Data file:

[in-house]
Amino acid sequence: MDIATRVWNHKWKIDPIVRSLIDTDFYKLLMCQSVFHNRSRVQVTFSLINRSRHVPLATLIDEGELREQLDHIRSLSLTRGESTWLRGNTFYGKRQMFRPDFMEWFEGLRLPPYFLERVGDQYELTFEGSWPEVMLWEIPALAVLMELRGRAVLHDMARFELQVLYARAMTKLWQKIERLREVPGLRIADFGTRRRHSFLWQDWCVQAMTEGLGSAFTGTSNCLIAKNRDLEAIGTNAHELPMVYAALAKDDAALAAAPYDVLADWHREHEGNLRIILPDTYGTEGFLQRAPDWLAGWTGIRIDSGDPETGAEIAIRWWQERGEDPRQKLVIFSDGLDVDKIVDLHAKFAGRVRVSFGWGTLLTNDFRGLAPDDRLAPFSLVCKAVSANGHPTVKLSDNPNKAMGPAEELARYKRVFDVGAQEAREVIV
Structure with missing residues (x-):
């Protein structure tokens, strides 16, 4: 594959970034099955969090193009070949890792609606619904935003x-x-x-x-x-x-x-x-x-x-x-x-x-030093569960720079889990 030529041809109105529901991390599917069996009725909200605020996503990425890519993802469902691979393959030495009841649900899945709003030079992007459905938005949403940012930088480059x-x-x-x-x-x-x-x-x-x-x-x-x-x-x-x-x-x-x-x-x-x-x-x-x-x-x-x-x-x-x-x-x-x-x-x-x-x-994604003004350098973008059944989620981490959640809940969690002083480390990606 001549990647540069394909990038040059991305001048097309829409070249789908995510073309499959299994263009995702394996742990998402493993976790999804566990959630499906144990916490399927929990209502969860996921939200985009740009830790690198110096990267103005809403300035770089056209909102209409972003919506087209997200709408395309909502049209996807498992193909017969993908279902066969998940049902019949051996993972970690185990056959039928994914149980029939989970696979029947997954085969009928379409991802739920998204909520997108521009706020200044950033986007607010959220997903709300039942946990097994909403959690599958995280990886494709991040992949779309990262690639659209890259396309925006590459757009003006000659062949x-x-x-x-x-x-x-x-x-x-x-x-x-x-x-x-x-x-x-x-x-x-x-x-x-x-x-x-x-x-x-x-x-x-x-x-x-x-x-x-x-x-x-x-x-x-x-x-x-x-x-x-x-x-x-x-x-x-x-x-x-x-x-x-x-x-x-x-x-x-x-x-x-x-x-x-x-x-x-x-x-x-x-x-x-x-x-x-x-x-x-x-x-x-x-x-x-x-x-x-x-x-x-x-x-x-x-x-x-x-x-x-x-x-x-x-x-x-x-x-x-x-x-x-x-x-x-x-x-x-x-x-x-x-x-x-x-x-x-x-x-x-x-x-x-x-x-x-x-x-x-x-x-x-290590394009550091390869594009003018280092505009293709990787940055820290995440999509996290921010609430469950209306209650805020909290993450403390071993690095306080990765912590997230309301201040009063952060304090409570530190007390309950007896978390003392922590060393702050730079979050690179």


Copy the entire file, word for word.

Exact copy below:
[in-house]
Amino acid sequence: MDIATRVWNHKWKIDPIVRSLIDTDFYKLLMCQSVFHNRSRVQVTFSLINRSRHVPLATLIDEGELREQLDHIRSLSLTRGESTWLRGNTFYGKRQMFRPDFMEWFEGLRLPPYFLERVGDQYELTFEGSWPEVMLWEIPALAVLMELRGRAVLHDMARFELQVLYARAMTKLWQKIERLREVPGLRIADFGTRRRHSFLWQDWCVQAMTEGLGSAFTGTSNCLIAKNRDLEAIGTNAHELPMVYAALAKDDAALAAAPYDVLADWHREHEGNLRIILPDTYGTEGFLQRAPDWLAGWTGIRIDSGDPETGAEIAIRWWQERGEDPRQKLVIFSDGLDVDKIVDLHAKFAGRVRVSFGWGTLLTNDFRGLAPDDRLAPFSLVCKAVSANGHPTVKLSDNPNKAMGPAEELARYKRVFDVGAQEAREVIV
Structure with missing residues (x-):
């Protein structure tokens, strides 16, 4: 594959970034099955969090193009070949890792609606619904935003x-x-x-x-x-x-x-x-x-x-x-x-x-030093569960720079889990 030529041809109105529901991390599917069996009725909200605020996503990425890519993802469902691979393959030495009841649900899945709003030079992007459905938005949403940012930088480059x-x-x-x-x-x-x-x-x-x-x-x-x-x-x-x-x-x-x-x-x-x-x-x-x-x-x-x-x-x-x-x-x-x-x-x-x-x-994604003004350098973008059944989620981490959640809940969690002083480390990606 001549990647540069394909990038040059991305001048097309829409070249789908995510073309499959299994263009995702394996742990998402493993976790999804566990959630499906144990916490399927929990209502969860996921939200985009740009830790690198110096990267103005809403300035770089056209909102209409972003919506087209997200709408395309909502049209996807498992193909017969993908279902066969998940049902019949051996993972970690185990056959039928994914149980029939989970696979029947997954085969009928379409991802739920998204909520997108521009706020200044950033986007607010959220997903709300039942946990097994909403959690599958995280990886494709991040992949779309990262690639659209890259396309925006590459757009003006000659062949x-x-x-x-x-x-x-x-x-x-x-x-x-x-x-x-x-x-x-x-x-x-x-x-x-x-x-x-x-x-x-x-x-x-x-x-x-x-x-x-x-x-x-x-x-x-x-x-x-x-x-x-x-x-x-x-x-x-x-x-x-x-x-x-x-x-x-x-x-x-x-x-x-x-x-x-x-x-x-x-x-x-x-x-x-x-x-x-x-x-x-x-x-x-x-x-x-x-x-x-x-x-x-x-x-x-x-x-x-x-x-x-x-x-x-x-x-x-x-x-x-x-x-x-x-x-x-x-x-x-x-x-x-x-x-x-x-x-x-x-x-x-x-x-x-x-x-x-x-x-x-x-x-x-290590394009550091390869594009003018280092505009293709990787940055820290995440999509996290921010609430469950209306209650805020909290993450403390071993690095306080990765912590997230309301201040009063952060304090409570530190007390309950007896978390003392922590060393702050730079979050690179």